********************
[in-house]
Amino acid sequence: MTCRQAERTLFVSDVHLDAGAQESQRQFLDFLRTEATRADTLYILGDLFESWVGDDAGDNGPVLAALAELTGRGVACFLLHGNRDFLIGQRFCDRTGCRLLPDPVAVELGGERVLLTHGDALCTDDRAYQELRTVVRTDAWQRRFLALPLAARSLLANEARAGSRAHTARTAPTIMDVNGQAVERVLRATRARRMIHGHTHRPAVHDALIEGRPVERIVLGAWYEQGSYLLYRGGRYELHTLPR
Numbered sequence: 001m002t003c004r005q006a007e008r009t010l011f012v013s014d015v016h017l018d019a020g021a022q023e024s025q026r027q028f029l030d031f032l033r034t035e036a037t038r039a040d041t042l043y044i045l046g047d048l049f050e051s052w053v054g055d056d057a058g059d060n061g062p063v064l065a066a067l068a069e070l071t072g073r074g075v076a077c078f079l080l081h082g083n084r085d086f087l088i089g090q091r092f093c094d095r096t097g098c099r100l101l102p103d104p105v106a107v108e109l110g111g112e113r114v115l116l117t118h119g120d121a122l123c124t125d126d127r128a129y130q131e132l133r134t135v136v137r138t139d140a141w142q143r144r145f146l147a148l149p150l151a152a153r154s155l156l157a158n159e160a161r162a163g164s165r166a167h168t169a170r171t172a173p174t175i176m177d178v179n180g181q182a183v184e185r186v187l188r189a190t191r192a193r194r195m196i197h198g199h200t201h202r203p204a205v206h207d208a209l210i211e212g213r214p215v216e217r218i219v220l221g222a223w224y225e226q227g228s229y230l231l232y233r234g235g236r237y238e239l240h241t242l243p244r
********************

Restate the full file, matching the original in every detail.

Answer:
[in-house]
Amino acid sequence: MTCRQAERTLFVSDVHLDAGAQESQRQFLDFLRTEATRADTLYILGDLFESWVGDDAGDNGPVLAALAELTGRGVACFLLHGNRDFLIGQRFCDRTGCRLLPDPVAVELGGERVLLTHGDALCTDDRAYQELRTVVRTDAWQRRFLALPLAARSLLANEARAGSRAHTARTAPTIMDVNGQAVERVLRATRARRMIHGHTHRPAVHDALIEGRPVERIVLGAWYEQGSYLLYRGGRYELHTLPR
Numbered sequence: 001m002t003c004r005q006a007e008r009t010l011f012v013s014d015v016h017l018d019a020g021a022q023e024s025q026r027q028f029l030d031f032l033r034t035e036a037t038r039a040d041t042l043y044i045l046g047d048l049f050e051s052w053v054g055d056d057a058g059d060n061g062p063v064l065a066a067l068a069e070l071t072g073r074g075v076a077c078f079l080l081h082g083n084r085d086f087l088i089g090q091r092f093c094d095r096t097g098c099r100l101l102p103d104p105v106a107v108e109l110g111g112e113r114v115l116l117t118h119g120d121a122l123c124t125d126d127r128a129y130q131e132l133r134t135v136v137r138t139d140a141w142q143r144r145f146l147a148l149p150l151a152a153r154s155l156l157a158n159e160a161r162a163g164s165r166a167h168t169a170r171t172a173p174t175i176m177d178v179n180g181q182a183v184e185r186v187l188r189a190t191r192a193r194r195m196i197h198g199h200t201h202r203p204a205v206h207d208a209l210i211e212g213r214p215v216e217r218i219v220l221g222a223w224y225e226q227g228s229y230l231l232y233r234g235g236r237y238e239l240h241t242l243p244r